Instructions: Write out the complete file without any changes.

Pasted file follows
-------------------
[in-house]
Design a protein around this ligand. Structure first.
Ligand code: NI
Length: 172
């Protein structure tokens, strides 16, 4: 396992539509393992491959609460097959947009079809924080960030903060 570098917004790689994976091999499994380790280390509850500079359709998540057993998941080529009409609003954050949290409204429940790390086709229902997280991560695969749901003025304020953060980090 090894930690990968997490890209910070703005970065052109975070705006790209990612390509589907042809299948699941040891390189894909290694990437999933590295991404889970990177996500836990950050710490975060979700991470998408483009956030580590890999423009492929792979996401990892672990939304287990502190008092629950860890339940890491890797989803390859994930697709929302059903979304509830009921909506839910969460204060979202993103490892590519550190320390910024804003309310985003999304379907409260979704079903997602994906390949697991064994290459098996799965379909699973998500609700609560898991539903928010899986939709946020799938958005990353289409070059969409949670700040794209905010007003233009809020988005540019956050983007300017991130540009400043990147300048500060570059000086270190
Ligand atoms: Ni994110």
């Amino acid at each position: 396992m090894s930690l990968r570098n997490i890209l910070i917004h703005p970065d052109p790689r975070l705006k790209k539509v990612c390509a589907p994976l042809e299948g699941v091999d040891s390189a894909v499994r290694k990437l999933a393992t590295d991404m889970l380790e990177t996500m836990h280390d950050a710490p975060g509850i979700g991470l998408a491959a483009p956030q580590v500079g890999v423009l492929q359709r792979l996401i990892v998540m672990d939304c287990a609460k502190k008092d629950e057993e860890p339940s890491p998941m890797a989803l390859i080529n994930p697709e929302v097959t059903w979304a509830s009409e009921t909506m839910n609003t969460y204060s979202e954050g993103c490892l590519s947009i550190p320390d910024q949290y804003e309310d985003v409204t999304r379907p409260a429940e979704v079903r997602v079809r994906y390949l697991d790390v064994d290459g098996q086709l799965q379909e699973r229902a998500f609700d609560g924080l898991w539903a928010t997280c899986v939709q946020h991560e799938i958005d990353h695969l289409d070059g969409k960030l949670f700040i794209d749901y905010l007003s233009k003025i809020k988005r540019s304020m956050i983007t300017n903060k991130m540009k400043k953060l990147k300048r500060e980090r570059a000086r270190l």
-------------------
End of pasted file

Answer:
[in-house]
Design a protein around this ligand. Structure first.
Ligand code: NI
Length: 172
């Protein structure tokens, strides 16, 4: 396992539509393992491959609460097959947009079809924080960030903060 570098917004790689994976091999499994380790280390509850500079359709998540057993998941080529009409609003954050949290409204429940790390086709229902997280991560695969749901003025304020953060980090 090894930690990968997490890209910070703005970065052109975070705006790209990612390509589907042809299948699941040891390189894909290694990437999933590295991404889970990177996500836990950050710490975060979700991470998408483009956030580590890999423009492929792979996401990892672990939304287990502190008092629950860890339940890491890797989803390859994930697709929302059903979304509830009921909506839910969460204060979202993103490892590519550190320390910024804003309310985003999304379907409260979704079903997602994906390949697991064994290459098996799965379909699973998500609700609560898991539903928010899986939709946020799938958005990353289409070059969409949670700040794209905010007003233009809020988005540019956050983007300017991130540009400043990147300048500060570059000086270190
Ligand atoms: Ni994110």
């Amino acid at each position: 396992m090894s930690l990968r570098n997490i890209l910070i917004h703005p970065d052109p790689r975070l705006k790209k539509v990612c390509a589907p994976l042809e299948g699941v091999d040891s390189a894909v499994r290694k990437l999933a393992t590295d991404m889970l380790e990177t996500m836990h280390d950050a710490p975060g509850i979700g991470l998408a491959a483009p956030q580590v500079g890999v423009l492929q359709r792979l996401i990892v998540m672990d939304c287990a609460k502190k008092d629950e057993e860890p339940s890491p998941m890797a989803l390859i080529n994930p697709e929302v097959t059903w979304a509830s009409e009921t909506m839910n609003t969460y204060s979202e954050g993103c490892l590519s947009i550190p320390d910024q949290y804003e309310d985003v409204t999304r379907p409260a429940e979704v079903r997602v079809r994906y390949l697991d790390v064994d290459g098996q086709l799965q379909e699973r229902a998500f609700d609560g924080l898991w539903a928010t997280c899986v939709q946020h991560e799938i958005d990353h695969l289409d070059g969409k960030l949670f700040i794209d749901y905010l007003s233009k003025i809020k988005r540019s304020m956050i983007t300017n903060k991130m540009k400043k953060l990147k300048r500060e980090r570059a000086r270190l």